August 08, 2006

The last straw!

OK, enough is enough! The greater celandine is going to go, probably today. Leaf and root, it is coming up and getting stuffed unceremoniously into a garbage bag. It won't even get the chance to justify its existence by feeding the compost bin.

Have you ever noticed how you can look at something and not see it? It occurred to me during my morning coffee, after the caffeine had started to kick in and lubricate my brain again, that there were white spots on the greater celandine. (Somebody has really got to invent a snappier name for that plant! Chelidonium majus isn't any friendlier.) I had been staring in that direction for a good 15 minutes without seeing them. So I moved over to take a closer look and discovered - yikes - white flies!

...The only good thing about white flies is their colour - an incredibly pure white. The eggs, tucked on the underside of leaves, are almost too small to see, once they hatch, they damage leaves and suck sap, weakening the host plant and inviting infection. Not only that, they exude honeydew, attracting other pests. Yellow sticky traps can be helpful to prevent an infestation from taking hold, but they're not too effective once a population is established.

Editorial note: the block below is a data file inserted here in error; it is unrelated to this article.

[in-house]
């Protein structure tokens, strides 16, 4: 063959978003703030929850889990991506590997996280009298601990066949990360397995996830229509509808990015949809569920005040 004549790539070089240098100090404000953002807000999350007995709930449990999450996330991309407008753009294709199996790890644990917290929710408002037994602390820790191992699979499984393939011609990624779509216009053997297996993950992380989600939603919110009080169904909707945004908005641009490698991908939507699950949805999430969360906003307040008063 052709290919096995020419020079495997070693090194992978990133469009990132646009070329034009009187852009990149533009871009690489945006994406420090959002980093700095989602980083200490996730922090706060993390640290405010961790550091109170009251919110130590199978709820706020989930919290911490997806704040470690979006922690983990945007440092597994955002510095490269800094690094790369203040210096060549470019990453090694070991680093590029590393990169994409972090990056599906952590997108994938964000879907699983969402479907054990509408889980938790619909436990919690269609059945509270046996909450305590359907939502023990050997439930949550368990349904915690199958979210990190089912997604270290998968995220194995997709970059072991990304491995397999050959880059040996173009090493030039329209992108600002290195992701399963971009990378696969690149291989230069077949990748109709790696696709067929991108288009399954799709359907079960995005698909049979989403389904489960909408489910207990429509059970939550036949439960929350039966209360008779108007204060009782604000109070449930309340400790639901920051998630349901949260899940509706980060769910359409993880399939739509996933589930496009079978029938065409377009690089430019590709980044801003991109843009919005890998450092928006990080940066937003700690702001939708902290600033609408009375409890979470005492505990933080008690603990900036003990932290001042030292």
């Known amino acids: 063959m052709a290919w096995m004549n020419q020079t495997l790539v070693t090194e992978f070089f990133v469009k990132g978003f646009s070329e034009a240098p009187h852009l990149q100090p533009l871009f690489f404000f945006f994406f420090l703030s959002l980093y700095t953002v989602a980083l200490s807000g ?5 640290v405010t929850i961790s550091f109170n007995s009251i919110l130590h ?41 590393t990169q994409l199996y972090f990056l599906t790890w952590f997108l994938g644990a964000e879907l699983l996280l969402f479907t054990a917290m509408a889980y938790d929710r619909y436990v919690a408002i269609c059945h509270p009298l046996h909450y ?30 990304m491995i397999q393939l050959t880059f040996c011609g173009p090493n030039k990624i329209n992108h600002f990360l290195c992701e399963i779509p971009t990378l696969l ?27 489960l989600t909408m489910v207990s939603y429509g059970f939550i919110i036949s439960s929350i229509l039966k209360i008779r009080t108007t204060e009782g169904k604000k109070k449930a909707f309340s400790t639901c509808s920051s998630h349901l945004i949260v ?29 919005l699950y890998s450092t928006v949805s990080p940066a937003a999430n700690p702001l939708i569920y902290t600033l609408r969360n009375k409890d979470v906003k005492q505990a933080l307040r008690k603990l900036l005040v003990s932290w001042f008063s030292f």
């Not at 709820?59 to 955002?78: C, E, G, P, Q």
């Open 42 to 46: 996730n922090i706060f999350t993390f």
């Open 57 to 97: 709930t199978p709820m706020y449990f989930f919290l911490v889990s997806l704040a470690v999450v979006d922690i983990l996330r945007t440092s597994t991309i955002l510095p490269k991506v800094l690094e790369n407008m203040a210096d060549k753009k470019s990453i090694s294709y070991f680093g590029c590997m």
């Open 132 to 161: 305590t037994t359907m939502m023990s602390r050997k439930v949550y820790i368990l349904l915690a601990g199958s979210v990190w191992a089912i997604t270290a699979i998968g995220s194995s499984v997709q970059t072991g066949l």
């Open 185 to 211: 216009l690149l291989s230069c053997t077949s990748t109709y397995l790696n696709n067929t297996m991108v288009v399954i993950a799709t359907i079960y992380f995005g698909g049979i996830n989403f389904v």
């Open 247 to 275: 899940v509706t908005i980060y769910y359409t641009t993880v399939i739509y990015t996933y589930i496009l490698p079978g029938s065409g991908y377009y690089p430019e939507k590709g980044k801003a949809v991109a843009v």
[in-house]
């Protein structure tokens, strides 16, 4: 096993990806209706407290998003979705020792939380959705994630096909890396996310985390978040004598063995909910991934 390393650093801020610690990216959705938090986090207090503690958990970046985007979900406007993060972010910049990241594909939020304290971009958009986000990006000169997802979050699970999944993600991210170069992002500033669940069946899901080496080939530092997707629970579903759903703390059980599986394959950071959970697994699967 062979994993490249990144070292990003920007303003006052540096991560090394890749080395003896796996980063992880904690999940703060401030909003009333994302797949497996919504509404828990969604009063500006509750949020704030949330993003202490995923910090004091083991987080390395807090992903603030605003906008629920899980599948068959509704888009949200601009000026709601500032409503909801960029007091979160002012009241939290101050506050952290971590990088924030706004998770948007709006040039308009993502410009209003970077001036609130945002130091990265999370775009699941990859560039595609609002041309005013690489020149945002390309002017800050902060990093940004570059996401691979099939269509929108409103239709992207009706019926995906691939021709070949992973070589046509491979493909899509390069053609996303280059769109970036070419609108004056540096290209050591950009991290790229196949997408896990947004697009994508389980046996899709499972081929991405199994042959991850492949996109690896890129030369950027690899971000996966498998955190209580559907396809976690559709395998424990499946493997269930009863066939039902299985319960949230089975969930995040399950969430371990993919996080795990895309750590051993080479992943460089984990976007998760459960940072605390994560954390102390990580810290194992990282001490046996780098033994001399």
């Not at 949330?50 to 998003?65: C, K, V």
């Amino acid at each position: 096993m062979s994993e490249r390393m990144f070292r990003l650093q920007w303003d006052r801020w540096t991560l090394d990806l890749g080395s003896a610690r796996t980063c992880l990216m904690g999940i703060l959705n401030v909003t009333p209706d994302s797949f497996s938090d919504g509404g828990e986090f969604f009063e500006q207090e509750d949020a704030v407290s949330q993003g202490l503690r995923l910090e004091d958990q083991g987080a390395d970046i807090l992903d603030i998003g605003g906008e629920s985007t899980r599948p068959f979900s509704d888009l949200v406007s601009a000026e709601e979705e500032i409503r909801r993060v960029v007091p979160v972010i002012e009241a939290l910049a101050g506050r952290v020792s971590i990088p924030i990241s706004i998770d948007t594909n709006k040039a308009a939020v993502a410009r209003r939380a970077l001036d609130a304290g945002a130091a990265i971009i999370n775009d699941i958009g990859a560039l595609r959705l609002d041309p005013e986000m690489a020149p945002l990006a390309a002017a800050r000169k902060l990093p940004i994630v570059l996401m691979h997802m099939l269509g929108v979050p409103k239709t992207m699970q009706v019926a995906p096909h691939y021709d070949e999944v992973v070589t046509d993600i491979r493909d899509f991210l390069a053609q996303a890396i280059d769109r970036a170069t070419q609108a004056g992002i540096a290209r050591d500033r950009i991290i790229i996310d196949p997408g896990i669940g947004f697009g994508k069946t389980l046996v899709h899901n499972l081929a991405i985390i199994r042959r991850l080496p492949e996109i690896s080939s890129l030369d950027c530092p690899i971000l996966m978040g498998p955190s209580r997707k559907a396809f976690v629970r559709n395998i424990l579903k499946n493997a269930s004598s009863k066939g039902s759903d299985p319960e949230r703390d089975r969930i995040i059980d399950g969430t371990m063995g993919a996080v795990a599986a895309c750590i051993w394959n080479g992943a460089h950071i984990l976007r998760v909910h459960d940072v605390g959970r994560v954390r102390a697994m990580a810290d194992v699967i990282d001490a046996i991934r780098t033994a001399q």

The decision when I saw them was instantaneous. You could practically hear the snap of the camel's back. White fly can be battled, but it involves spraying insecticidal soap or my favourite spray on both sides of the leaves and repeating twice a week, in case any of the eggs survived. Seeing as the flies tend to take to the air when the foliage is disturbed, it's tricky getting them all. For a treasured plant, it's worth the effort. For one that is hogging too much space and has survived only by virtue of my procrastination, there is no way.

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